Why do molecules like glucose require a carrier protein to get across the cell membrane?

1 Answer
Nov 8, 2015

To overcome the repulsion by the middle part of the cell membrane which is hydrophobic.


The cell membrane is a made of two layer of phospholipids, and each is made of two parts, a hydrophobic tail and a hydrophilic head. The tails meet making the middle part of the membrane, and the heads go outward making the outer and inner surface of the cell membrane.
The glucose molecule is made of carbon atoms connected to many OH groups and H protons. This makes it a polar molecule which is a hydrophilic one.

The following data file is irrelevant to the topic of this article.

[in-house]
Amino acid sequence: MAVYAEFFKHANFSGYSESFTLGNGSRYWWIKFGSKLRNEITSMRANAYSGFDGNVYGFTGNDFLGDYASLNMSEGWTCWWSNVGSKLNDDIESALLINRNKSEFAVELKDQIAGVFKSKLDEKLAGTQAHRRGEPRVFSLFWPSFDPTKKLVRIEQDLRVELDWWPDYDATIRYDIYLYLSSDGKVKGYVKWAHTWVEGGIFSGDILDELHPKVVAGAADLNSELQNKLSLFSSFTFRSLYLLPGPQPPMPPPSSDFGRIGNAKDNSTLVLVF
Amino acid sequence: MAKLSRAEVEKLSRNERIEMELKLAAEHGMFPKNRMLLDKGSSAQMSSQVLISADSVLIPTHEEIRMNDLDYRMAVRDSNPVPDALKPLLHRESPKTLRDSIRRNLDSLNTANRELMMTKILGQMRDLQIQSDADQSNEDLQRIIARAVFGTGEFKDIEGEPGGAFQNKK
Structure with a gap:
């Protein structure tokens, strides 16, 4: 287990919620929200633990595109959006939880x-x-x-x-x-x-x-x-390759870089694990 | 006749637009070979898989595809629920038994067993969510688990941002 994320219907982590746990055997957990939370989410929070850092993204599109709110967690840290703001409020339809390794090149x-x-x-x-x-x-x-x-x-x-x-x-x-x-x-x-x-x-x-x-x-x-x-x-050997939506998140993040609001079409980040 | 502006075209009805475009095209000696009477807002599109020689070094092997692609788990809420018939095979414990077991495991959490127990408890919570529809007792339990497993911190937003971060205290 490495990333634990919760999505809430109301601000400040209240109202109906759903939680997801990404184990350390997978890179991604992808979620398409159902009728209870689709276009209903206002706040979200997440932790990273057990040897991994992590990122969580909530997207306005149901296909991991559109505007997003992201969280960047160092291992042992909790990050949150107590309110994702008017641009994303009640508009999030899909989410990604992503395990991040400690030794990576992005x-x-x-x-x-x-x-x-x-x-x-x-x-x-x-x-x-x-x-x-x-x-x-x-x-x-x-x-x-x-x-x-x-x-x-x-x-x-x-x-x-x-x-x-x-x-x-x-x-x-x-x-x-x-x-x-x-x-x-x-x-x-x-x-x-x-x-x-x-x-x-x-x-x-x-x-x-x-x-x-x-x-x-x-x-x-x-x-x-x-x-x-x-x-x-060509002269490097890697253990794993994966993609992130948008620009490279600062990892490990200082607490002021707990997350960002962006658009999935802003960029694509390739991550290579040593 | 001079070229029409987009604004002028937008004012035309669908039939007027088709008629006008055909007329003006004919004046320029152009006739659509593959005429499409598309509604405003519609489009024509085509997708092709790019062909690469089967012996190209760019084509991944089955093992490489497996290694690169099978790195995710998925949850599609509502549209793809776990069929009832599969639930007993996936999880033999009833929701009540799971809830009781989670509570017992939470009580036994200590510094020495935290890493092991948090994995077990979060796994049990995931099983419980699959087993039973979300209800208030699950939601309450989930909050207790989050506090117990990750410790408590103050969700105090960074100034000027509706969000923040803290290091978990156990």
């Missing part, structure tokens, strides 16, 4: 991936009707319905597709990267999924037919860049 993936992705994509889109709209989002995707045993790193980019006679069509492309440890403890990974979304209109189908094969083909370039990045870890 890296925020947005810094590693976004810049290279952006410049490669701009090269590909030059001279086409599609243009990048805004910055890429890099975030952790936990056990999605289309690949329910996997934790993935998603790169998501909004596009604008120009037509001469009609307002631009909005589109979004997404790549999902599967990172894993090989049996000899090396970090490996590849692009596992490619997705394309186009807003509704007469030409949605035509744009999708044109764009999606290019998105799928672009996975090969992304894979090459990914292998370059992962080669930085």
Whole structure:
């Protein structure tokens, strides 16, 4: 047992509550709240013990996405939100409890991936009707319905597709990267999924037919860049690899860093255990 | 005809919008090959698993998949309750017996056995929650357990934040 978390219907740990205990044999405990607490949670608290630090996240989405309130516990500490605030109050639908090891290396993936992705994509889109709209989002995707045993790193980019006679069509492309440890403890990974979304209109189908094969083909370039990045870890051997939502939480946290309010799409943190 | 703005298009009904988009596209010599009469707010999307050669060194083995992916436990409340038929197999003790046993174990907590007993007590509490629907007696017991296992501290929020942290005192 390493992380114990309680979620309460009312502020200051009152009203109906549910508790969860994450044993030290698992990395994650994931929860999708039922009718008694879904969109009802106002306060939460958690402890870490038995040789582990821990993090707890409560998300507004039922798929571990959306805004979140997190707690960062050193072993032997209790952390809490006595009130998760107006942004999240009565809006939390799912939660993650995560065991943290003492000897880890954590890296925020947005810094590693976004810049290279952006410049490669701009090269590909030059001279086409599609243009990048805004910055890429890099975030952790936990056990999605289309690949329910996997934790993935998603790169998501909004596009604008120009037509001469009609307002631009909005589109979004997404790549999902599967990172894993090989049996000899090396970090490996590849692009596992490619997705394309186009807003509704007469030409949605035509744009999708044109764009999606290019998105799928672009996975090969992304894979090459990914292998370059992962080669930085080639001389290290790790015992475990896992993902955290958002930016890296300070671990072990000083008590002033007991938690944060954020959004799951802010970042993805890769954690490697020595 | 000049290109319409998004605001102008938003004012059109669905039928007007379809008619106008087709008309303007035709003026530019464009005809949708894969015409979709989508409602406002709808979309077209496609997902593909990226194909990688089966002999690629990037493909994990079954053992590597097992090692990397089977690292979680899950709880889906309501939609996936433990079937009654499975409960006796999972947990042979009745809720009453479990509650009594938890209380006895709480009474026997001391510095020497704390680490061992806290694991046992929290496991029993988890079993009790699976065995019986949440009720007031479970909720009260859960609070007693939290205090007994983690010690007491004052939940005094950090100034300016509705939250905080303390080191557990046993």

Outside the cell when the glucose molecule tends to get inside down concentration gradient, the polarity of it is accepted by the head of the cell membrane so it can pass, but the middle part of the cell membrane repels it. So, there must be channels embedded in the cell membrane with a hydrophilic layer inside that allows the glucose molecule to pass.